The debate over interchange is now fully underway (again) on Capitol Hill.
The question remains as to what happens with rewards programs — the sweeteners, you might call them — that are among the favored reasons for consumers, especially older consumers, to keep using their cards for everyday spending.
The popularity of rewards is underscored by PYMNTS Intelligence data that showed boomers and seniors are among the most avid users of rewards, as 71% of them said they use credit for the loyalty programs. Most younger consumers said the same, at 59.3% of Generation X consumers and 57.1% of millennials. Roughly half of Generation Z individuals claimed that rewards are a key driver of credit use.
As banks generate revenues from the interchange activity (also known, broadly, as merchant swipe fees), rebating the equivalent of those fees gives consumers an incentive to spend. For the banks, the benefit lies in growing the credit card loan portfolio, realizing the ancillary streams of revenue tied to servicing those loans, and “cross-selling” other financial products and services to those same consumers.
In addition, the Credit Card Competition Act mandates that there be two competing networks for processing merchant transactions, which conceivably might steer transactions away from Visa and Mastercard.
In the meantime, as issuing banks look to gain customer favor through cash back and travel miles, this week, Sens. Dick Durbin of Illinois and Roger Marshall of Kansas, who sponsored the re-introduction of the CCCA, are asking regulators to examine airline loyalty programs (including points and other perks).
A Federal Reserve study from September 2022 noted that issuers get about 1.3 cents in transaction fees (which would include interchange) for each dollar of consumer purchases made on cards. The expenses tied to the rewards programs, the Fed found, came in at 1.5 cents per dollar of card-related purchases.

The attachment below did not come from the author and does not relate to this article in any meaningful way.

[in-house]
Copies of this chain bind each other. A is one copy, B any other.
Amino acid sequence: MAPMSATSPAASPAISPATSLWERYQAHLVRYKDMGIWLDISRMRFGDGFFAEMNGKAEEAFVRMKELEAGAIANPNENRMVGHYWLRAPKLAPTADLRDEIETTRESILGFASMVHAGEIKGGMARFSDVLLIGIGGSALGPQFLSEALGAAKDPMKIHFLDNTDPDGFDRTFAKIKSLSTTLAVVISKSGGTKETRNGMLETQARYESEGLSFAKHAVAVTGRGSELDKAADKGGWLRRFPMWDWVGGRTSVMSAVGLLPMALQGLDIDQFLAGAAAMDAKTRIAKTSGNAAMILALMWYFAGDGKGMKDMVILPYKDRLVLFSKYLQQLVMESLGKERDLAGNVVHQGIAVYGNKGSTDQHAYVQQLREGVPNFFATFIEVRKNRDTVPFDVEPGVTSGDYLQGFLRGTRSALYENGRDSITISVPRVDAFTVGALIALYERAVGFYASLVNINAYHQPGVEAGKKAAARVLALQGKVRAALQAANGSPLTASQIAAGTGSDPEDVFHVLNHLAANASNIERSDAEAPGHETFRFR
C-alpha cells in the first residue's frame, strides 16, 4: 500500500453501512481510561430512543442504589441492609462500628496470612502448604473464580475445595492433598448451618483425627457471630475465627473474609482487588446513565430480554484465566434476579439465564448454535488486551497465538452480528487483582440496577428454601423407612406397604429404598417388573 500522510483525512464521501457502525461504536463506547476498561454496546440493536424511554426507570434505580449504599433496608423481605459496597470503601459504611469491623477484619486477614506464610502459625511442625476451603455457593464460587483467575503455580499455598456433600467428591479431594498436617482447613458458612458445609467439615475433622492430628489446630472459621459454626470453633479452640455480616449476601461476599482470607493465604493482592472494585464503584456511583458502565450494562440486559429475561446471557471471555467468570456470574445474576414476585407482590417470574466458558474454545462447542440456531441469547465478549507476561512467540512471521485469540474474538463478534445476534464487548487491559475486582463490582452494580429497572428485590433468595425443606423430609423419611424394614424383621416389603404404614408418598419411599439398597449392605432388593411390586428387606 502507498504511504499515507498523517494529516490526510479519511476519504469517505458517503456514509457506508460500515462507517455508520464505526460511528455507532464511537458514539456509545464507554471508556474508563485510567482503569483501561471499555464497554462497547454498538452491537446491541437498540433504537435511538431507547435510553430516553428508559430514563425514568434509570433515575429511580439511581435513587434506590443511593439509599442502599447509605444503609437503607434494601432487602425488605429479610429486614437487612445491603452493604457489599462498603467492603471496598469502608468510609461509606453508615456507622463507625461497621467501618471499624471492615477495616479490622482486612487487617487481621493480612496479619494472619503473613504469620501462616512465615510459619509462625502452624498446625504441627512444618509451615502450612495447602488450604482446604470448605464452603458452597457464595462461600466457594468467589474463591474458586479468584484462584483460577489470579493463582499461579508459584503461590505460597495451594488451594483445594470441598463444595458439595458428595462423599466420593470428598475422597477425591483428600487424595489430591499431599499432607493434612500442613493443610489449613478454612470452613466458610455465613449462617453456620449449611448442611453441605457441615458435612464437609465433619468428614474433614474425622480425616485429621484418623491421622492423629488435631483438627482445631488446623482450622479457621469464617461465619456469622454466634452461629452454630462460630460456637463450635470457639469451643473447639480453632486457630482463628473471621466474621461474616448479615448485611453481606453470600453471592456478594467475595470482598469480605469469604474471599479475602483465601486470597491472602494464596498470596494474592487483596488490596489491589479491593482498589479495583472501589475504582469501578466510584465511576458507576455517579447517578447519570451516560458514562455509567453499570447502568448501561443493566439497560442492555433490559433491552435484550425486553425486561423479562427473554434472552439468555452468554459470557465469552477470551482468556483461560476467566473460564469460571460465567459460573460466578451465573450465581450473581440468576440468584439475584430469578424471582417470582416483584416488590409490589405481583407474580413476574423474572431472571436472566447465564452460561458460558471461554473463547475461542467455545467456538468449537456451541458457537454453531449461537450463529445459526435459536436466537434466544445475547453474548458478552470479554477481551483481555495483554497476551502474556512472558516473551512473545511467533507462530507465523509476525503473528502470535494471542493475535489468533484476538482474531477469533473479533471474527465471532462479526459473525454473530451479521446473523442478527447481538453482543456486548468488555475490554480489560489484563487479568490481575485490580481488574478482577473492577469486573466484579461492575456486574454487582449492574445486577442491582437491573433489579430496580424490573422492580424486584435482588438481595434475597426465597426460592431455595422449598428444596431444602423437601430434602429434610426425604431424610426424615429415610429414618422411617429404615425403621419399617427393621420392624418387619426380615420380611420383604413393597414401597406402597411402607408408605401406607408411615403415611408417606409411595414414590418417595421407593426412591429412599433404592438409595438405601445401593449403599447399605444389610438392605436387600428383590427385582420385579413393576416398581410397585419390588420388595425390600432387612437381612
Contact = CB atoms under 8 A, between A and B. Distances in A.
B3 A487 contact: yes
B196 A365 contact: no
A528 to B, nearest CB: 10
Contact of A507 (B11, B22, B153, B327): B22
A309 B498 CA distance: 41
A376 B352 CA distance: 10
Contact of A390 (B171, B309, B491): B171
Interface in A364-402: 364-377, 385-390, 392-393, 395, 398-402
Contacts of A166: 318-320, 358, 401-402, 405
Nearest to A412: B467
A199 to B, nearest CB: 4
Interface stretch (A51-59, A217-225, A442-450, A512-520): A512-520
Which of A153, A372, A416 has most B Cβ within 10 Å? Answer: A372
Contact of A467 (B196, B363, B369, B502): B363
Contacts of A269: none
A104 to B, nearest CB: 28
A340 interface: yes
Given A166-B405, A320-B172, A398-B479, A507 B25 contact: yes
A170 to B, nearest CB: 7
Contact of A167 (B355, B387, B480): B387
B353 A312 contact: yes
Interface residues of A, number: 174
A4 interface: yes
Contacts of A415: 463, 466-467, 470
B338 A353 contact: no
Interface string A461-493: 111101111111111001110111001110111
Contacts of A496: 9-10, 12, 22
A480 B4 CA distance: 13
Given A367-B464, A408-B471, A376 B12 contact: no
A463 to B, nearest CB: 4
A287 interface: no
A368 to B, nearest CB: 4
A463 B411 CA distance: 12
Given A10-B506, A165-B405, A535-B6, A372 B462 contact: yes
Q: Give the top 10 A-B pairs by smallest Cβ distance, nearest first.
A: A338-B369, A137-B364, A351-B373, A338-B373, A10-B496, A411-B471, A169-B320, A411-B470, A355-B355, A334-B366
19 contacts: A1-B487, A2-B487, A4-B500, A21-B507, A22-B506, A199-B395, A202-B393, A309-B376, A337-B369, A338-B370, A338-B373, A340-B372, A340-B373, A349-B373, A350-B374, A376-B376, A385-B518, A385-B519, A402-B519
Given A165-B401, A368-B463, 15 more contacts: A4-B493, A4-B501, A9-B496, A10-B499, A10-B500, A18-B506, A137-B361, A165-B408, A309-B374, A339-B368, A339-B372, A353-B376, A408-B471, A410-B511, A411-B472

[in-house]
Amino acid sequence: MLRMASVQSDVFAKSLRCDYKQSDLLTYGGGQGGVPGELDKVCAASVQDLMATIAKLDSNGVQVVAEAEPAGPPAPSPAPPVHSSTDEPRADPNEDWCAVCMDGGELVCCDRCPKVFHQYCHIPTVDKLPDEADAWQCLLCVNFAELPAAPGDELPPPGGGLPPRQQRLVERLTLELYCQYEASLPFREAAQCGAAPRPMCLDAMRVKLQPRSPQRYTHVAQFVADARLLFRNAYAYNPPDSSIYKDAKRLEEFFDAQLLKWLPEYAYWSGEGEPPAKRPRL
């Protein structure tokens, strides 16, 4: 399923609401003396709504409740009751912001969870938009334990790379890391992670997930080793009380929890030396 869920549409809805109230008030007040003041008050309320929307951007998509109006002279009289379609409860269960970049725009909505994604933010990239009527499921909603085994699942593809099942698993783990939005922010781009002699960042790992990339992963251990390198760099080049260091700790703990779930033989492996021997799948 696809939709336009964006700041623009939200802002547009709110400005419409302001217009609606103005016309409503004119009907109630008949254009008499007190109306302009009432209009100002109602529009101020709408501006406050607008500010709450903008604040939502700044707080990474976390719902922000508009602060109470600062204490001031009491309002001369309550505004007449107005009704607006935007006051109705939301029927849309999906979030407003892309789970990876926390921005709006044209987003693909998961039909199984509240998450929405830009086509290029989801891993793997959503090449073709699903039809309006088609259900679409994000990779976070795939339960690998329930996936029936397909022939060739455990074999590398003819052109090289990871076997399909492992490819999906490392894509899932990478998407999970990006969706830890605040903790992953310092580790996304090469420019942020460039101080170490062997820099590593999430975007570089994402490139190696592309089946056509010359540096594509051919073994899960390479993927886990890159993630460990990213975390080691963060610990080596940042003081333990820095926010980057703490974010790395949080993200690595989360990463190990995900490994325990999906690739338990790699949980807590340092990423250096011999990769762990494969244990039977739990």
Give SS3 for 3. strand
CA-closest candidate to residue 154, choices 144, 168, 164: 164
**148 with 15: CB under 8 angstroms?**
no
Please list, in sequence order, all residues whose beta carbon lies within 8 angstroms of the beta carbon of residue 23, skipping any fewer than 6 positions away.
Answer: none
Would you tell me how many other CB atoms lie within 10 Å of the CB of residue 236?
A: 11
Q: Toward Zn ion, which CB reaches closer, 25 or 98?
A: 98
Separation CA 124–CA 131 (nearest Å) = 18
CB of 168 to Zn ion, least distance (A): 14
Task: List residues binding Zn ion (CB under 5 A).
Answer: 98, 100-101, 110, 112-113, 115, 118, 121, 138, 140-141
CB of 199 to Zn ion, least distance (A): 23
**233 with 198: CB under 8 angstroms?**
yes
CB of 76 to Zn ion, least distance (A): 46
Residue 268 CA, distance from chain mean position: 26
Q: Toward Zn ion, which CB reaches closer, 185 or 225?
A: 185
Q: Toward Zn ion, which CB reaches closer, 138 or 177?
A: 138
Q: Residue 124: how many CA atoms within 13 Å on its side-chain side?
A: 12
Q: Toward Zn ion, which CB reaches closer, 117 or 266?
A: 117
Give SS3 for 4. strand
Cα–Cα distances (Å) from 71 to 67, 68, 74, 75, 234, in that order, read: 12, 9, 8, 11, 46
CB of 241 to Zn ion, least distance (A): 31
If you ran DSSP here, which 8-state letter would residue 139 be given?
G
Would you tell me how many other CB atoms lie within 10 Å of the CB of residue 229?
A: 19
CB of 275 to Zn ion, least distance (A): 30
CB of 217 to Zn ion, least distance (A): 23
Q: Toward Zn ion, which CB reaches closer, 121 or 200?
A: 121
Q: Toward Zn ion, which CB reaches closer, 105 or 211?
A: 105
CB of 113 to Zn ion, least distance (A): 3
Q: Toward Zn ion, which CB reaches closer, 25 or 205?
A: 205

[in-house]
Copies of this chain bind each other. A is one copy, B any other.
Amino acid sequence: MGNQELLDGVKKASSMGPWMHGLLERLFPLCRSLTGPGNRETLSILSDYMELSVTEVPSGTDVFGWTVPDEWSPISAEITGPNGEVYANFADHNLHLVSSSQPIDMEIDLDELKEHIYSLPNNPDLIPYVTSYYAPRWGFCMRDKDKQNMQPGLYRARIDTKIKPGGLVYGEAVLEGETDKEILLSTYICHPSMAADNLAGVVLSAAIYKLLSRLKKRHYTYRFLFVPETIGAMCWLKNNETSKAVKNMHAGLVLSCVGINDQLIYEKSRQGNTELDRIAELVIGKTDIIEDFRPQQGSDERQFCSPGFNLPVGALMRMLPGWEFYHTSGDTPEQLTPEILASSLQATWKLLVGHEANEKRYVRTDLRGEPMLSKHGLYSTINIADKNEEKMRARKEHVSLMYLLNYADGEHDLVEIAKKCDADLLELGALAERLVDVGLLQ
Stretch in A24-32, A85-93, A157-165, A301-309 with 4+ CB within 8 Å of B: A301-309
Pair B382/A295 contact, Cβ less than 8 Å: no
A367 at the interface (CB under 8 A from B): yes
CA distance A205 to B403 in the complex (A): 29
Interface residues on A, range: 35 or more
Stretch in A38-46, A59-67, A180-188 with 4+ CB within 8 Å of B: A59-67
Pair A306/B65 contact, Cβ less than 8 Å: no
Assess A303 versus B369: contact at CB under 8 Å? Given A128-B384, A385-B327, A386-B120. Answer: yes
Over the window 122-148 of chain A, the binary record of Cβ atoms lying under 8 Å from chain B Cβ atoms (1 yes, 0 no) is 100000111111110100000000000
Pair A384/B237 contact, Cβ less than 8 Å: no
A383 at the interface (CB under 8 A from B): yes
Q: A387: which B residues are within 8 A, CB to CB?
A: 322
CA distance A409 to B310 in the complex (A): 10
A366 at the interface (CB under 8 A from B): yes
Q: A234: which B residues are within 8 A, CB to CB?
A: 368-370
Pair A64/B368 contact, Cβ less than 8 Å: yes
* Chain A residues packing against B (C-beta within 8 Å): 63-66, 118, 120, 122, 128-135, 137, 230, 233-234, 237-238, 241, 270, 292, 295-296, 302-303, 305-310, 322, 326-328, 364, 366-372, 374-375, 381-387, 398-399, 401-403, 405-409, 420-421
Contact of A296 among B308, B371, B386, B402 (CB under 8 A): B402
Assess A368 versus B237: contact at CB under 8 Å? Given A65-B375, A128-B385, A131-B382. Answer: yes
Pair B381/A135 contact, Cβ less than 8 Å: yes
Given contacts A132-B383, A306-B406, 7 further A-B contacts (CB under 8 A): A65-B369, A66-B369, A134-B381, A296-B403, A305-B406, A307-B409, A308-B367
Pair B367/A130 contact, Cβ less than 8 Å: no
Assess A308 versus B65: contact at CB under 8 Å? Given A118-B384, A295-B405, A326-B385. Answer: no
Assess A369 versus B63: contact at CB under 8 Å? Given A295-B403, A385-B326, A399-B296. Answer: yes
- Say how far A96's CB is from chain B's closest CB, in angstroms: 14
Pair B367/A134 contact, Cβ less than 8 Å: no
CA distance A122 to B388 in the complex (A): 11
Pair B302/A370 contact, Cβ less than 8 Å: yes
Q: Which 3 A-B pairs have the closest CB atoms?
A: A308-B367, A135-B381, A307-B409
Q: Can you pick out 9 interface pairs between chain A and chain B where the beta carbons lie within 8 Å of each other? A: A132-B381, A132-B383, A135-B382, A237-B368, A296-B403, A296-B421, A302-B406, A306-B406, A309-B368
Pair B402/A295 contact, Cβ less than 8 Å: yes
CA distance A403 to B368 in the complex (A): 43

It may be the case that eliminating or curtailing the interchange component of fees would make rewards that much more expensive — and thus ripe for banks to target as an area to scale back. Or it may be the case that banks look to cut costs elsewhere, to keep rewards programs in place, and with the perks that have become desirable to consumers.
In a study from George Mason University titled “Price Controls on Payment Card Interchange Fees: The U.S. Experience,” an examination of the impact of the Durbin Amendment mandates that cut debit interchange caps revealed that interchange fee income dropped by 34%.
“[I]t is unambiguous that banking fees and other fees rose after the passage of the Durbin Amendment and that eligibility for free current accounts declined,” the authors wrote.
It remains to be seen if past will be prologue this time around, but the debate over interchange fees, and the ripple effect of changes, is only going to get louder.